Look at the opening statement of the passage again. I Cor 11:23 states: "For I received from the Lord that which I also delivered to you, that the Lord Jesus in the night in which He was betrayed took bread;”

Paul is telling us that he did not get his story of a supper from other human beings, such as the disciples which the gospels seat around Jesus in their version of the supper scene. So we would be entirely mistaken to assume that Paul is quoting from a tradition of men here. What would keep a later writer from using Paul’s description of a supper scene involving Jesus from inserting such a scene into the context of his fictional narrative of Jesus? What would keep a later writer from using the very words which Paul attributes to Jesus in his description of such a supper scene in his own invented version of the same? Paul provided the raw material which later writers interpolated into their narratives. Nothing in either I Cor. or the gospels necessitates that we suppose Paul was quoting from Mark (the gospel of Mark hadn't even been written yet!), and nothing in Paul’s rendition of the supper scene necessitates that we suppose he had “familiarity with the details of the life of Jesus” as found in the canonical gospel narratives (again, they hadn't been written yet!). To suggest that the supper scene in Paul’s letter demonstrates that Paul has familiarity with, say, the gospel of Mark, is as naïve as it is tenuous, and borders on apologetic desperation.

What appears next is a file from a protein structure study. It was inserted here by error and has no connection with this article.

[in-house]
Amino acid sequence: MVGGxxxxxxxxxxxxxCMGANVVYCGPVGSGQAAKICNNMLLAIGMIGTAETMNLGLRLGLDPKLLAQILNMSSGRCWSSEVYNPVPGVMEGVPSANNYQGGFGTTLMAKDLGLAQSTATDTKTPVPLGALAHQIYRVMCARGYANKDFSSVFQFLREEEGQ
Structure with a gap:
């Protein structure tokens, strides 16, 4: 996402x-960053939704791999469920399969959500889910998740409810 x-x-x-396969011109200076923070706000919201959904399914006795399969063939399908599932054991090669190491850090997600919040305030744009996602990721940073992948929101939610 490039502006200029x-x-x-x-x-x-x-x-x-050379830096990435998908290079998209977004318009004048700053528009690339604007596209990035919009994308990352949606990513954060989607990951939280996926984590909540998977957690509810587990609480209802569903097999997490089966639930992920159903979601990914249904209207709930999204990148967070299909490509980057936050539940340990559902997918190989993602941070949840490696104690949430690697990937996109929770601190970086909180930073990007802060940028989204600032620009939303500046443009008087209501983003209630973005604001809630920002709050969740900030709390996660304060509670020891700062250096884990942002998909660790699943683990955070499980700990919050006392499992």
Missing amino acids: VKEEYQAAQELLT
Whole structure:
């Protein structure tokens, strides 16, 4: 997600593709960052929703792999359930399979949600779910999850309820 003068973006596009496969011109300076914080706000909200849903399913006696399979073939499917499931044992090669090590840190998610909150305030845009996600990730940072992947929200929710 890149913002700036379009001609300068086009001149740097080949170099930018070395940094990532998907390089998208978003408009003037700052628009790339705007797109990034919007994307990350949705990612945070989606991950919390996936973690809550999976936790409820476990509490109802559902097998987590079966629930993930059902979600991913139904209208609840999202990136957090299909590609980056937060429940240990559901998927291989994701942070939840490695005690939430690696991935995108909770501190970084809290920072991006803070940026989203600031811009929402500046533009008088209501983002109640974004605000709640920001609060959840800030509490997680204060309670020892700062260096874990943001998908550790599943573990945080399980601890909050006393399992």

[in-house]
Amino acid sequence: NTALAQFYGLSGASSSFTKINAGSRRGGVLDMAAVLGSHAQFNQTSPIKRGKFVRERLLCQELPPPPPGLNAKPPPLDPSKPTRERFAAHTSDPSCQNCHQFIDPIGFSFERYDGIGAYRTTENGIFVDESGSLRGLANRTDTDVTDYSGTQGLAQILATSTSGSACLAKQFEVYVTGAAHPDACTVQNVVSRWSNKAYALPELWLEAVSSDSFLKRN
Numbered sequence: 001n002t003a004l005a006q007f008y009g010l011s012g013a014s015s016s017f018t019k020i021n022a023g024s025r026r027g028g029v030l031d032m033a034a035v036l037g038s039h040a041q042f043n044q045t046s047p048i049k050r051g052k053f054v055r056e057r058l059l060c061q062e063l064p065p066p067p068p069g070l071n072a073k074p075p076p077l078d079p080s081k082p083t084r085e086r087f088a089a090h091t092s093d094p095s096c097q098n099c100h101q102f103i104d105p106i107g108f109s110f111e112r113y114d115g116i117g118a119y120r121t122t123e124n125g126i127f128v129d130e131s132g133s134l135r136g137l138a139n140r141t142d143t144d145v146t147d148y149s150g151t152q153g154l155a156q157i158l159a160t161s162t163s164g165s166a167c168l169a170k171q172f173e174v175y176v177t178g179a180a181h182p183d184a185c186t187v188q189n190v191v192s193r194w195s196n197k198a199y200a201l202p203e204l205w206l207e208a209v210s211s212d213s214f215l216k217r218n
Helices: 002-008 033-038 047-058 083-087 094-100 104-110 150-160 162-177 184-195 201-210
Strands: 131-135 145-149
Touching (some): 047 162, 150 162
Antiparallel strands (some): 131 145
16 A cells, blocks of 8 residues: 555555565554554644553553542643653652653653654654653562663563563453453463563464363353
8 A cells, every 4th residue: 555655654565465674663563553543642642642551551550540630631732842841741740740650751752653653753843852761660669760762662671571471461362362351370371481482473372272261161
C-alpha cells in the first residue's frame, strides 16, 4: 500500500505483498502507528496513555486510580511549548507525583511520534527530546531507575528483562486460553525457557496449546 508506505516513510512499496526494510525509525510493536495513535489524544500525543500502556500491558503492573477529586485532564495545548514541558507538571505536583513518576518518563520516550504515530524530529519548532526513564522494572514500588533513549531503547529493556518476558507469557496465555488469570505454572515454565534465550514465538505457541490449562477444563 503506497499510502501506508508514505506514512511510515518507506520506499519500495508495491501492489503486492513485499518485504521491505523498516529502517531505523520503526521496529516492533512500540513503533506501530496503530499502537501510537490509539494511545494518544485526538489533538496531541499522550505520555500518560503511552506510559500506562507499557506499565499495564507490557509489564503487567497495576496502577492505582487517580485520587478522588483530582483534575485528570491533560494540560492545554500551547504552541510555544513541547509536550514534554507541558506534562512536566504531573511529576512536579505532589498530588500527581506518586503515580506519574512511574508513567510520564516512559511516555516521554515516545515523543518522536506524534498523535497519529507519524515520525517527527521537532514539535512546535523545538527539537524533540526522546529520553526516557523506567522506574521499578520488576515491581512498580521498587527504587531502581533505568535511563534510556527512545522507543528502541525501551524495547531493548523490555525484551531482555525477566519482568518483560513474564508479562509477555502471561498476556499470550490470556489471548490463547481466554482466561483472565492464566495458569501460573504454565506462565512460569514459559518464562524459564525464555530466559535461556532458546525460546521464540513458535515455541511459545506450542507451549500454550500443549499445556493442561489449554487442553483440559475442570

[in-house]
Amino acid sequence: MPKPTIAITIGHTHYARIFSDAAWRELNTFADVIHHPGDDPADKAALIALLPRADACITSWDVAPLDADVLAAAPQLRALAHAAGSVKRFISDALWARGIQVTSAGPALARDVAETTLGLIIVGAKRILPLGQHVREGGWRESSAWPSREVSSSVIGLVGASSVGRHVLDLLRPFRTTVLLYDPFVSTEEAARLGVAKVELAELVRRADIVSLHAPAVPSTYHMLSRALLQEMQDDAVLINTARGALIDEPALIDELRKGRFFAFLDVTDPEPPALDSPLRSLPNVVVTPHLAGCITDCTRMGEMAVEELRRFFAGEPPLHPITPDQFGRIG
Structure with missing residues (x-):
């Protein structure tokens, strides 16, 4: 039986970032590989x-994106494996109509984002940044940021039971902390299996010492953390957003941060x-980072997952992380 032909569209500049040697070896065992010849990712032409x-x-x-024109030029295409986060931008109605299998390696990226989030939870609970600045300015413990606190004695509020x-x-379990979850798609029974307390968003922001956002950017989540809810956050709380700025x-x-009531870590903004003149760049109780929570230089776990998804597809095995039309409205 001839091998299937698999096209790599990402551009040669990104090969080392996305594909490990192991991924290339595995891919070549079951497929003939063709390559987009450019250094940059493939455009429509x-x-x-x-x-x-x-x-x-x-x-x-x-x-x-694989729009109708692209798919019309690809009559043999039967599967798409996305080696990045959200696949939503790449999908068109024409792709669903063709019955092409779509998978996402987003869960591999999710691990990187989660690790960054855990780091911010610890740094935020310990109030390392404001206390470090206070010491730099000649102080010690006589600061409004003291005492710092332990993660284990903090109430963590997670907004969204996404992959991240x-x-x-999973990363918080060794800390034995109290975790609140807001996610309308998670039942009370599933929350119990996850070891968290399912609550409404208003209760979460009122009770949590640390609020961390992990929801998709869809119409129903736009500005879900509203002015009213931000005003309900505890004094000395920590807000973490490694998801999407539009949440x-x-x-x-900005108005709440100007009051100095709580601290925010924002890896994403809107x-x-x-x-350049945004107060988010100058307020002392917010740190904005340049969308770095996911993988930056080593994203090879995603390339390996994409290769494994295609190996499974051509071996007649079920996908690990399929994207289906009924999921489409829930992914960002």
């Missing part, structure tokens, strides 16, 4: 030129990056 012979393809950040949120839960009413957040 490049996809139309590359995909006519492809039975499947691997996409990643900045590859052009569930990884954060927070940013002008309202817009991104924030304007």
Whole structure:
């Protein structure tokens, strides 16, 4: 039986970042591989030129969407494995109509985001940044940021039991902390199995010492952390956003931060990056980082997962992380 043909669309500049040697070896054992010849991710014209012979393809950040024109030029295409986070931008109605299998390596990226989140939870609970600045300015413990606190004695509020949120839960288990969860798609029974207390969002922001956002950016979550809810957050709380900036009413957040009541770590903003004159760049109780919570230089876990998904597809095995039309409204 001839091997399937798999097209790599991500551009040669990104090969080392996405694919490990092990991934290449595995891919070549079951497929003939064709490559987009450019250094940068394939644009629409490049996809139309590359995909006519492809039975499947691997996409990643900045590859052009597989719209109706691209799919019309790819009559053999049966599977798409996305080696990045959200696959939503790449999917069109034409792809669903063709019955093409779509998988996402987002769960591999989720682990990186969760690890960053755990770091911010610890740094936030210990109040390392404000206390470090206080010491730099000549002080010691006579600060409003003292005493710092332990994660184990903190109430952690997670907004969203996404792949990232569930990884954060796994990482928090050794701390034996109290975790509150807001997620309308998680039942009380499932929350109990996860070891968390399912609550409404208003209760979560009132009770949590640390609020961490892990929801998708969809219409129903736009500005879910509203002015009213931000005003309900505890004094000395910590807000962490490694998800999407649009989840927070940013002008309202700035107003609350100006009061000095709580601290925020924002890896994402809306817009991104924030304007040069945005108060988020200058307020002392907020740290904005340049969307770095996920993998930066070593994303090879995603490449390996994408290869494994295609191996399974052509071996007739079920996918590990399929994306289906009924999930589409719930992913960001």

Now, Tim, you may still want to believe that Paul had “familiarity with the details of the life of Jesus” as we find it described in the gospel narratives. That’s fine and dandy. But here’s a friendly little challenge for you. Below is a list of details taken from the portrait of Jesus’ life as it is described in the gospels:

 

- Bethlehem (Jesus' supposed birthplace)
- a place called 'Nazareth' (as in "t;JJesus of Nazareth")
- a Roman census
- parents named Mary and Joseph
- angelic visitations to both Mary and JJosseph
- the Virgin Birth
- the Slaughter of the Innocents
- the Magi (they were magically summonedd tto meet the baby Jesus)
- John the Baptist
- Jesus' baptism
- Jesus' career as a carpenter
- Galilee
- Jesus' itinerant preaching ministry inn JJudea (didn't the apostle know about this?!)
- that Jesus was a teacher of morals - that Jesus taught in parables
- Jesus' prayers
- Jesus' many miracles (Paul nowhere hass hhis Jesus turn water into wine, stilling storms, feeding 5,000 or walking on lakes)
- Jesus' healings and cures (no mention off the blind receiving their sight, for example, after Jesus spits into dysfunctional eyes)
- Jesus' exorcisms
- Jesus' temptation in the wilderness - Mary Magdalene
- Nicodemus (mentioned only in the gospeel of John)
- Judas Iscariot (a key player in the leeadd-up to the passion story)
- Gethsemane (and Jesus' hesitation therre))
- a trial before Pilate
- Peter's repeated denials
- Jesus' flogging
- Jesus' crucifixion outside the walls oof Jerusalem
- a place called "Calvary" (meenttioned only in Luke 23:33)
- the two malefactors condemned with Jessuss
- Jesus' words from the cross
- the spear thrust in Jesus' side